Rule of Life
1) A set of guidelines and commitments directing one's life. The rule usually includes set times of daily prayer and meditation, study (such as reading the Bible), and acts of charity. It can also include regular attendance at the Holy Eucharist, making retreats, placing oneself under a spiritual director or confessor, and fasting or other acts of self denial. A rule may be worked out with a spiritual director, or one may follow a shortened or modified version of the rule of a particular religious order. Some people commit to a rule that is basically a resolve to live with a certain disposition of prayer, study, and charity. Participation in the Daily Office is at the heart of Anglican spirituality, and included in many rules of life. 2) The document in which a religious community has formulated its fundamental understanding of religious life. The early model was the Rule of St. Augustine, in which spiritual principles are accompanied by simple regulations. It inspired the more elaborate Rule of St. Benedict and other monastic rules. See Daily Office; see Monastic.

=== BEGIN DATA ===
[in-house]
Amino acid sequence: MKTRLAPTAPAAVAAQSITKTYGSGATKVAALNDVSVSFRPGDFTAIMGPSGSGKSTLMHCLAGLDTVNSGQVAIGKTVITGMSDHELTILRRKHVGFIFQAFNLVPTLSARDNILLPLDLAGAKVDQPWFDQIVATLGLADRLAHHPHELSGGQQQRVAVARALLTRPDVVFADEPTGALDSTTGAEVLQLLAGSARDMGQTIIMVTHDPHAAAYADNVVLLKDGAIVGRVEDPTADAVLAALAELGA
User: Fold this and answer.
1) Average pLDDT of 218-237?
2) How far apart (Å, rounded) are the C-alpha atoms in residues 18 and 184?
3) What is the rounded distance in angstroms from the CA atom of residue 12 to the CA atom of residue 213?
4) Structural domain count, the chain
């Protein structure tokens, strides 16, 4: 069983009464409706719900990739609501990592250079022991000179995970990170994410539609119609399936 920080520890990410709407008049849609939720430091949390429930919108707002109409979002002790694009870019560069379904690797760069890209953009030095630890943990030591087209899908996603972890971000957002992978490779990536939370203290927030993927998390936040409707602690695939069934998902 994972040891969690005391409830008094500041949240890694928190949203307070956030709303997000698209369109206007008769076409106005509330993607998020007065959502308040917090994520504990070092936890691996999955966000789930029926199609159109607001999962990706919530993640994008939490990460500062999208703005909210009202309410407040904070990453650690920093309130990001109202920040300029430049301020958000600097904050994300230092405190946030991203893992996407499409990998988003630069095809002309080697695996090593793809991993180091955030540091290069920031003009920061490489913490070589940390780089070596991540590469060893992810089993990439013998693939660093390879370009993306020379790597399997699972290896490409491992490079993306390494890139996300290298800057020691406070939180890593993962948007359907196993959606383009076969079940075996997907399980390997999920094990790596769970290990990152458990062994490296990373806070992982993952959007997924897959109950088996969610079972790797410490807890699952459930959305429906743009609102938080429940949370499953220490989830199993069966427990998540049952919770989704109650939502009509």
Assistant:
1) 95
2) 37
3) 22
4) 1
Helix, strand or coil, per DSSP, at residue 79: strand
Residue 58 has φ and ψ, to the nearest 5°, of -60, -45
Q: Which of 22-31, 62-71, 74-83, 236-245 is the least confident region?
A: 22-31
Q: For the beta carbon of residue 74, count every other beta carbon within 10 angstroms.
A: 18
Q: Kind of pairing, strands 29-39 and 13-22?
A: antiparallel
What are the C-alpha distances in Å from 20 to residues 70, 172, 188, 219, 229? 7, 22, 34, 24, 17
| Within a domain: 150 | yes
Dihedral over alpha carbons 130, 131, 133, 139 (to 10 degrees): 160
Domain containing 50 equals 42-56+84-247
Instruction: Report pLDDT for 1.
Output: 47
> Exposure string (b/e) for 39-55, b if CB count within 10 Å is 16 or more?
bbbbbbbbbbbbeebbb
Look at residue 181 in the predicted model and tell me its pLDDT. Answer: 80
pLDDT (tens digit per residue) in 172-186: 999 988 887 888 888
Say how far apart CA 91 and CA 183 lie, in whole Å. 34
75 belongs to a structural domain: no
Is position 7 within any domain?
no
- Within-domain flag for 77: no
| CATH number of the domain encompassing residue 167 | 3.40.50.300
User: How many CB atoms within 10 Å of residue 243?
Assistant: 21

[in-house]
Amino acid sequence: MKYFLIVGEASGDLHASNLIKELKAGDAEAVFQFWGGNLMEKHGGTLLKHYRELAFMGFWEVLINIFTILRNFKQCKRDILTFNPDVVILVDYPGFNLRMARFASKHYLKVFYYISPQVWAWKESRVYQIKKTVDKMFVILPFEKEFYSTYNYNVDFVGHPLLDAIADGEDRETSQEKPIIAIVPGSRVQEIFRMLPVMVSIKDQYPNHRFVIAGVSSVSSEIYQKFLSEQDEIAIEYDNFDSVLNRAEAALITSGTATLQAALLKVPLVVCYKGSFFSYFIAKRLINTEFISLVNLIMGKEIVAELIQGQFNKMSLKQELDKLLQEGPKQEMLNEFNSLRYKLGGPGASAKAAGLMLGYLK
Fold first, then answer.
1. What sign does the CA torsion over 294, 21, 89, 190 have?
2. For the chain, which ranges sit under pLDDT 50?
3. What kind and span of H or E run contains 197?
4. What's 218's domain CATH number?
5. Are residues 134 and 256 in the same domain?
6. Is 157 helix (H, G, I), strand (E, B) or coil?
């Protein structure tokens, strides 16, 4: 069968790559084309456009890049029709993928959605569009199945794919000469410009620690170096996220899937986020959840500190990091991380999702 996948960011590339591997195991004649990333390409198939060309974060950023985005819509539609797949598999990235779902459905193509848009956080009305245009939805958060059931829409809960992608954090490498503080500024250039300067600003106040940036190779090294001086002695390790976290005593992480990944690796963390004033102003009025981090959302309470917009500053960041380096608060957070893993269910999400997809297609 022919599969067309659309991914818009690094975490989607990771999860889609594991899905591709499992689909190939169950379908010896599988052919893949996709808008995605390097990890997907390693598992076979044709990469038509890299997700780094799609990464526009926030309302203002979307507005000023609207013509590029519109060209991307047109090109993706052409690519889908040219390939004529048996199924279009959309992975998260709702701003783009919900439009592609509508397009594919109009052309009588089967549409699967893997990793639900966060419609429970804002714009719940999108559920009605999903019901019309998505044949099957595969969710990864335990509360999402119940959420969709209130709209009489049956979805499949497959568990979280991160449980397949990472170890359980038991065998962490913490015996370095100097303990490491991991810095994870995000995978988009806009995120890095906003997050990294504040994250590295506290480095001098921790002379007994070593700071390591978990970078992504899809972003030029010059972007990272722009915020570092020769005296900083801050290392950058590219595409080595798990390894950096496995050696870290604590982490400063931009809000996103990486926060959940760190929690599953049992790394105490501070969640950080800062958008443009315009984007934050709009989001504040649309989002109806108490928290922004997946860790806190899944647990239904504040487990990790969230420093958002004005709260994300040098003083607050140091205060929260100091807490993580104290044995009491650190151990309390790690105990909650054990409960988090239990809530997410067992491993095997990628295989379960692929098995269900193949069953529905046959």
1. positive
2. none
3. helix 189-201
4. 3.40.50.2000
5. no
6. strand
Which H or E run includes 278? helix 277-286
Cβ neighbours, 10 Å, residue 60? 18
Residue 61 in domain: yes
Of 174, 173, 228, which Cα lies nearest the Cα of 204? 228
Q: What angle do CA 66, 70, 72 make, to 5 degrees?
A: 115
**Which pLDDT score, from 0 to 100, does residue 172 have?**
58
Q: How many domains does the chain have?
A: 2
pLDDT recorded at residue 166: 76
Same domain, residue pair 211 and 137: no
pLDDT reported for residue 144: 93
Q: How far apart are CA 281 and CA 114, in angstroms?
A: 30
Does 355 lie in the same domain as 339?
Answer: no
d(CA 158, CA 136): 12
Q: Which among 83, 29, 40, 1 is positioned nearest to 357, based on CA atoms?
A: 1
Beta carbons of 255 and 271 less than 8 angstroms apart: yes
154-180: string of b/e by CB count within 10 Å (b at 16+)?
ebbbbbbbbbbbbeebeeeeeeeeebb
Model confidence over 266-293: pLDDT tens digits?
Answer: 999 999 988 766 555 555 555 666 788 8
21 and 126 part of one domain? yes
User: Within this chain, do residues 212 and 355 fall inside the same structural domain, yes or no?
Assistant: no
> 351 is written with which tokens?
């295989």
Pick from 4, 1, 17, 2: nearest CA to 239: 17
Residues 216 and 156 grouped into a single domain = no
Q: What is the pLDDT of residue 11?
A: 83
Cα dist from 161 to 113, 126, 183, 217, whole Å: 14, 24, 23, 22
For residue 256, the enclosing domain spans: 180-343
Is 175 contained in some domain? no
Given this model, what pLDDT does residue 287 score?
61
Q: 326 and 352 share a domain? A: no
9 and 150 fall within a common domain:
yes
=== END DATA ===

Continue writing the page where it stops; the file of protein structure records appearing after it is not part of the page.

Glossary definitions provided courtesy of Church Publishing Incorporated, New York, NY,(All Rights reserved) from “An Episcopal Dictionary of the Church, A User Friendly Reference for Episcopalians,” Don S. Armentrout and Robert Boak Slocum, editors.